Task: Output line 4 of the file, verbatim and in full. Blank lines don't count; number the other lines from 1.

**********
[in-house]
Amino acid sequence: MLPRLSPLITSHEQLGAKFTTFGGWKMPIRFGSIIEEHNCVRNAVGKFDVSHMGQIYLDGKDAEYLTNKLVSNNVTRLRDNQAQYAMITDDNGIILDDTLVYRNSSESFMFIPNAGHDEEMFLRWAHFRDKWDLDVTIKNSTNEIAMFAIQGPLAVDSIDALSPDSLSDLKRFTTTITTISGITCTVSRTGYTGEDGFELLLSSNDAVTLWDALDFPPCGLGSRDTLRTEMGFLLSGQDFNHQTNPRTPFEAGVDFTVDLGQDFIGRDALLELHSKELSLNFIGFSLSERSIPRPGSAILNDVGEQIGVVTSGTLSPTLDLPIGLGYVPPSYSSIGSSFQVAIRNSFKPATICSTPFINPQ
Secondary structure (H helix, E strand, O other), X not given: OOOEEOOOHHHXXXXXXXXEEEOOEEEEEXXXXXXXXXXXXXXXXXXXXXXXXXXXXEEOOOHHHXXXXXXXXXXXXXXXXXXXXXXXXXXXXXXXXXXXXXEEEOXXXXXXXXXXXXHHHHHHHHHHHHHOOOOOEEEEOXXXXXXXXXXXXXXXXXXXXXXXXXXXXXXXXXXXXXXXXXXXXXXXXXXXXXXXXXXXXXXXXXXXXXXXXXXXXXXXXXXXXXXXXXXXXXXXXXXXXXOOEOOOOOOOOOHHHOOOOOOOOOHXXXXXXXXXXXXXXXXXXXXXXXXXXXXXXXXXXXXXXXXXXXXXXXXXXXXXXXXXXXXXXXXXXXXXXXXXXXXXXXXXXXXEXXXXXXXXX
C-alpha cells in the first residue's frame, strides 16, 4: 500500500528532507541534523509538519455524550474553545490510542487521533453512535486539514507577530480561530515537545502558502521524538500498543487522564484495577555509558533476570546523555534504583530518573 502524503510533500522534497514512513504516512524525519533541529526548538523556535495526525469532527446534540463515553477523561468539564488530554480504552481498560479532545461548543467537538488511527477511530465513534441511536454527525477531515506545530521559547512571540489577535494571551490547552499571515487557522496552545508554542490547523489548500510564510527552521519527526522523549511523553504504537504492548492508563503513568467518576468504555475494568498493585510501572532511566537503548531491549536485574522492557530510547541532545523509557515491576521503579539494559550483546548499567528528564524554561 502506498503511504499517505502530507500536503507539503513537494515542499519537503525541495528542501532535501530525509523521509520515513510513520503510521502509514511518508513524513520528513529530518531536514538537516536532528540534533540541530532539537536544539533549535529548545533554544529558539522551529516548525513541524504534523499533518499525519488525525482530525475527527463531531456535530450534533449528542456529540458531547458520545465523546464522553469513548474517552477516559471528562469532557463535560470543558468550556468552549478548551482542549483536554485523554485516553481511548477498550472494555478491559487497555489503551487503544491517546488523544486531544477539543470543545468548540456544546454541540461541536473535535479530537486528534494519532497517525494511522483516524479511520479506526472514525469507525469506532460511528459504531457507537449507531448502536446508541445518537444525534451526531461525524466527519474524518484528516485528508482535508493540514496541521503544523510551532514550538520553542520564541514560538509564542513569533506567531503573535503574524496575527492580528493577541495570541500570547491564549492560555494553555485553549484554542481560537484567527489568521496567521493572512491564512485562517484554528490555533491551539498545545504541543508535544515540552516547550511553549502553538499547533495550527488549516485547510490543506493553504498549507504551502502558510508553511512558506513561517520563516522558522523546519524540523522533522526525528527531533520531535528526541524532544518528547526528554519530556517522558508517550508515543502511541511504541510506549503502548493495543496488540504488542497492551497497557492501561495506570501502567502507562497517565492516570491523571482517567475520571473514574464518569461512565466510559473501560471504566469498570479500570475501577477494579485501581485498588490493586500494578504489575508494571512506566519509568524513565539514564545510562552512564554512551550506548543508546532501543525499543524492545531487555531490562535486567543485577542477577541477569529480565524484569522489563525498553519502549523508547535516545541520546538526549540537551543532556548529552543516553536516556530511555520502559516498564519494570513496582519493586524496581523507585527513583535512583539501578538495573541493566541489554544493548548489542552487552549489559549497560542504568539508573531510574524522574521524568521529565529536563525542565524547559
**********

C-alpha cells in the first residue's frame, strides 16, 4: 500500500528532507541534523509538519455524550474553545490510542487521533453512535486539514507577530480561530515537545502558502521524538500498543487522564484495577555509558533476570546523555534504583530518573 502524503510533500522534497514512513504516512524525519533541529526548538523556535495526525469532527446534540463515553477523561468539564488530554480504552481498560479532545461548543467537538488511527477511530465513534441511536454527525477531515506545530521559547512571540489577535494571551490547552499571515487557522496552545508554542490547523489548500510564510527552521519527526522523549511523553504504537504492548492508563503513568467518576468504555475494568498493585510501572532511566537503548531491549536485574522492557530510547541532545523509557515491576521503579539494559550483546548499567528528564524554561 502506498503511504499517505502530507500536503507539503513537494515542499519537503525541495528542501532535501530525509523521509520515513510513520503510521502509514511518508513524513520528513529530518531536514538537516536532528540534533540541530532539537536544539533549535529548545533554544529558539522551529516548525513541524504534523499533518499525519488525525482530525475527527463531531456535530450534533449528542456529540458531547458520545465523546464522553469513548474517552477516559471528562469532557463535560470543558468550556468552549478548551482542549483536554485523554485516553481511548477498550472494555478491559487497555489503551487503544491517546488523544486531544477539543470543545468548540456544546454541540461541536473535535479530537486528534494519532497517525494511522483516524479511520479506526472514525469507525469506532460511528459504531457507537449507531448502536446508541445518537444525534451526531461525524466527519474524518484528516485528508482535508493540514496541521503544523510551532514550538520553542520564541514560538509564542513569533506567531503573535503574524496575527492580528493577541495570541500570547491564549492560555494553555485553549484554542481560537484567527489568521496567521493572512491564512485562517484554528490555533491551539498545545504541543508535544515540552516547550511553549502553538499547533495550527488549516485547510490543506493553504498549507504551502502558510508553511512558506513561517520563516522558522523546519524540523522533522526525528527531533520531535528526541524532544518528547526528554519530556517522558508517550508515543502511541511504541510506549503502548493495543496488540504488542497492551497497557492501561495506570501502567502507562497517565492516570491523571482517567475520571473514574464518569461512565466510559473501560471504566469498570479500570475501577477494579485501581485498588490493586500494578504489575508494571512506566519509568524513565539514564545510562552512564554512551550506548543508546532501543525499543524492545531487555531490562535486567543485577542477577541477569529480565524484569522489563525498553519502549523508547535516545541520546538526549540537551543532556548529552543516553536516556530511555520502559516498564519494570513496582519493586524496581523507585527513583535512583539501578538495573541493566541489554544493548548489542552487552549489559549497560542504568539508573531510574524522574521524568521529565529536563525542565524547559